Privé is bringing in $25 million a year now in sales, but Berk still runs it mostly by herself, just like when she sold items from her closet on eBay. Of course, she now has a few assistants and a shop in Miami, but she said she’ll be opening up at least one more brick-and-mortar store very soon in order to bring in a larger audience—possibly in Bahrain or Dubai, and maybe another in Las Vegas.
Berk knows having physical Privé stores around the world will completely change her business model and her clientele, but she isn’t worried about competing with Hermès. She said anyone can walk into an Hermès store and ask for a Birkin—they may not get it unless they spend thousands, but they can ask—but by doing so they’re just purchasing a product, whereas when a person shops at Privé Porter, they’re walking out with a better understanding of what exactly they’re investing in. That’s also one of the reasons Berk prefers connecting with her clients via Instagram rather than leading them to a website where they have no human contact and can easily move on if they don’t see the exact product they want.
“I know what’s out in the market, I know what bags are being offered on a daily basis, I know what’s coming into different Hermès stores, based on my relationships, or I know what might be coming out in the next collection, a color that’s similar from something that might be retired,” Berk said. “Nine out of 10 times, when I get a chance to talk to them … they’re going to end up buying something or I’m going to find them what they want, versus a website where it’s like, ‘Oh, it’s sold, let me move onto the next purse.’ So it’s resulted in a lot more success for us, not selling online.”
Another reason she doesn’t want to turn Privé into an e-commerce website, is because she sells products at a “large dollar amount, so just letting someone put in their credit card and shipping them a $30,000-50,000 bag has never sat well with me,” she said.
Berk was one of the first luxury sellers to build a business fully around Instagram—and it has certainly worked out. The fact that the buying experience is so personal is also a reflection of just how exclusive Privé really is. Unlike its competitors—The RealReal, Vestiaire Collective and LXR, to name a few—Privé buys every item in cash before putting it up for sale, and it never takes consignments.
“So, because we only sell brand-new, store-fresh products, and because we are cash buyers, we’re typically the first person that somebody is going to call when they get a bag right out of Hermès,” Berk said. “There’s a big market where the 1% of the 1% just scoff at pre-owned luxury and they want to be the first person to ever carry it, and they’re willing to pay a bigger premium for that.”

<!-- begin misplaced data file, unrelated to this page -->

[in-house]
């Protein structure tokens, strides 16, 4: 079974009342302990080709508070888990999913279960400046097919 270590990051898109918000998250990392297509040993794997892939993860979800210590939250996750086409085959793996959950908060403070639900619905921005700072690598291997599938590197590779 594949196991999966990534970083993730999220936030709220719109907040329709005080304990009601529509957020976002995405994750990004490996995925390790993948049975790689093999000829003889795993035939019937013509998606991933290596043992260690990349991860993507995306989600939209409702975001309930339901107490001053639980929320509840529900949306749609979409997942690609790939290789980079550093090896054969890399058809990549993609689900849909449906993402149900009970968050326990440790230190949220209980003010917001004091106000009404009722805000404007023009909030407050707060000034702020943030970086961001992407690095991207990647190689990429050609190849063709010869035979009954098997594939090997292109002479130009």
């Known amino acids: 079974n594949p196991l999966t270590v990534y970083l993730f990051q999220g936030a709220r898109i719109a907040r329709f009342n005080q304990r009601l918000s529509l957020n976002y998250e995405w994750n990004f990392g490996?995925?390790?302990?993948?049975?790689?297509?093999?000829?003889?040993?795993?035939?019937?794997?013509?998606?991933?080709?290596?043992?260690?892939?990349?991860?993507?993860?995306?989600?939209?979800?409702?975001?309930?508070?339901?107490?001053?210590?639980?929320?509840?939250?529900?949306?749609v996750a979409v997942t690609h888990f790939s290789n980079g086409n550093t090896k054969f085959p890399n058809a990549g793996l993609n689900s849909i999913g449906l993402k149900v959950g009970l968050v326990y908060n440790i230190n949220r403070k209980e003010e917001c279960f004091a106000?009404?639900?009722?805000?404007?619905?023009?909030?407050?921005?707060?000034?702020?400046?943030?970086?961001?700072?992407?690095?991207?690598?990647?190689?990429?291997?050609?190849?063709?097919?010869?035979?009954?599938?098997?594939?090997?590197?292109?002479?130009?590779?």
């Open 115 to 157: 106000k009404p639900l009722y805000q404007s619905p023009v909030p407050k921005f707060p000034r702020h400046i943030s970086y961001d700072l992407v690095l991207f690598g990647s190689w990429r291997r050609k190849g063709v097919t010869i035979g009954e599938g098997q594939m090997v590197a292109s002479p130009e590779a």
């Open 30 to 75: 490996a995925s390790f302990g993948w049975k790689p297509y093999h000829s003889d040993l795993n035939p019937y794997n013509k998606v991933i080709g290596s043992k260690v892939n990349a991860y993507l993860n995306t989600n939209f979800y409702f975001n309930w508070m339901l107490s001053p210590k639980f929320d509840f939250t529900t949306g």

Berk said her audience has always been diverse, but a big trend she’s seeing now—and which she thinks will only become more clear once she opens the rest of her Privé stores—is that younger women have become some of the luxury industry’s best clients.
“There was always interest from younger clients, who were like fascinated by a Birkin, you know, women in their 20s,” Berk said. “But I have noticed in the last few years there’s a lot more women in that age group with the means to be able to afford a Birkin, because social media has created so many opportunities for younger women to earn higher incomes and be self-sufficient.”
And though it’s unlikely Hermès will admit to it, Berk believes she’s partly responsible for the rise in the brand’s popularity among the world’s young, cool, successful shoppers—particularly in the hip-hop community.
“We’ve definitely increased the notoriety of the Birkin in the last 10 years, with social media. We have introduced it to a much younger crowd, and we have also been influential in getting the Birkins into the hip-hop community. Offset, when they [Migos] were writing the song ‘Jane,’ literally I’ve got messages going back three years on my phone from him sending me lyrics and clips like, ‘What do you think about this line? Does this make sense?’ So, you know, it’s kind of made the Hermès brand more mainstream, and I think that’s why people are going there and trying so hard to get a Birkin and spending all this money.”
And now, will Berk’s Moneybags escalate the price of standard Birkins and other Hermès accessories even more, or will the bedazzled creations surpass the French luxury brand’s own pieces? Only time will tell.